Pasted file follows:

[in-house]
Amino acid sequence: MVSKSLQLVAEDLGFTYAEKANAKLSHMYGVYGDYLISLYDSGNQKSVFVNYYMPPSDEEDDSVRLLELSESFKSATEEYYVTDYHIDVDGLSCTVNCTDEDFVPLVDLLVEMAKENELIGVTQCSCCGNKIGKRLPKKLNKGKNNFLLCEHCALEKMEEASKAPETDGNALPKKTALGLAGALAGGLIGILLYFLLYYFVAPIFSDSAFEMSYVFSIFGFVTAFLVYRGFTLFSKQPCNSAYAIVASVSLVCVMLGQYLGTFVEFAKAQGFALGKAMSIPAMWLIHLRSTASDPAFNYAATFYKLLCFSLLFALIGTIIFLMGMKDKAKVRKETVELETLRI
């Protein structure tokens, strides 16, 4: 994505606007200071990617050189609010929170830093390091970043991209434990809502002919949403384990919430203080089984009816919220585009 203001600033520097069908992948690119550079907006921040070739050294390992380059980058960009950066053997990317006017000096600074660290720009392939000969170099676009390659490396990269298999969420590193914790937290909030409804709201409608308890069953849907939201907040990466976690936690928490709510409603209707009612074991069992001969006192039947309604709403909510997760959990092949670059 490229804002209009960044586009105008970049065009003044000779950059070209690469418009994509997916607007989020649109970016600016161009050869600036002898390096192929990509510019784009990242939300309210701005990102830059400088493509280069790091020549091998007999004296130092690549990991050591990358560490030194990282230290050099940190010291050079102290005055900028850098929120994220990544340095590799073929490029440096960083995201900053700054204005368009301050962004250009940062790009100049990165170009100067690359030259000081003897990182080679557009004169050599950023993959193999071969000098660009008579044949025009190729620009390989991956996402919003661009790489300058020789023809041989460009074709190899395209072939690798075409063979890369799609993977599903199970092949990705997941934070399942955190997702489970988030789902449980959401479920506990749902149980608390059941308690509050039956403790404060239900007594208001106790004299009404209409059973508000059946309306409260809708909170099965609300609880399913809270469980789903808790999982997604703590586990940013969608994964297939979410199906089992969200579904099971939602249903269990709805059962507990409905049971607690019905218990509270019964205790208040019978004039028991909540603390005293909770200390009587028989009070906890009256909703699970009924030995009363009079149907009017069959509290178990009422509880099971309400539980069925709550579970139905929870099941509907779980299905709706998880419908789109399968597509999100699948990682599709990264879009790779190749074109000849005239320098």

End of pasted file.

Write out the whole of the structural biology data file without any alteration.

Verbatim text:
[in-house]
Amino acid sequence: MVSKSLQLVAEDLGFTYAEKANAKLSHMYGVYGDYLISLYDSGNQKSVFVNYYMPPSDEEDDSVRLLELSESFKSATEEYYVTDYHIDVDGLSCTVNCTDEDFVPLVDLLVEMAKENELIGVTQCSCCGNKIGKRLPKKLNKGKNNFLLCEHCALEKMEEASKAPETDGNALPKKTALGLAGALAGGLIGILLYFLLYYFVAPIFSDSAFEMSYVFSIFGFVTAFLVYRGFTLFSKQPCNSAYAIVASVSLVCVMLGQYLGTFVEFAKAQGFALGKAMSIPAMWLIHLRSTASDPAFNYAATFYKLLCFSLLFALIGTIIFLMGMKDKAKVRKETVELETLRI
């Protein structure tokens, strides 16, 4: 994505606007200071990617050189609010929170830093390091970043991209434990809502002919949403384990919430203080089984009816919220585009 203001600033520097069908992948690119550079907006921040070739050294390992380059980058960009950066053997990317006017000096600074660290720009392939000969170099676009390659490396990269298999969420590193914790937290909030409804709201409608308890069953849907939201907040990466976690936690928490709510409603209707009612074991069992001969006192039947309604709403909510997760959990092949670059 490229804002209009960044586009105008970049065009003044000779950059070209690469418009994509997916607007989020649109970016600016161009050869600036002898390096192929990509510019784009990242939300309210701005990102830059400088493509280069790091020549091998007999004296130092690549990991050591990358560490030194990282230290050099940190010291050079102290005055900028850098929120994220990544340095590799073929490029440096960083995201900053700054204005368009301050962004250009940062790009100049990165170009100067690359030259000081003897990182080679557009004169050599950023993959193999071969000098660009008579044949025009190729620009390989991956996402919003661009790489300058020789023809041989460009074709190899395209072939690798075409063979890369799609993977599903199970092949990705997941934070399942955190997702489970988030789902449980959401479920506990749902149980608390059941308690509050039956403790404060239900007594208001106790004299009404209409059973508000059946309306409260809708909170099965609300609880399913809270469980789903808790999982997604703590586990940013969608994964297939979410199906089992969200579904099971939602249903269990709805059962507990409905049971607690019905218990509270019964205790208040019978004039028991909540603390005293909770200390009587028989009070906890009256909703699970009924030995009363009079149907009017069959509290178990009422509880099971309400539980069925709550579970139905929870099941509907779980299905709706998880419908789109399968597509999100699948990682599709990264879009790779190749074109000849005239320098």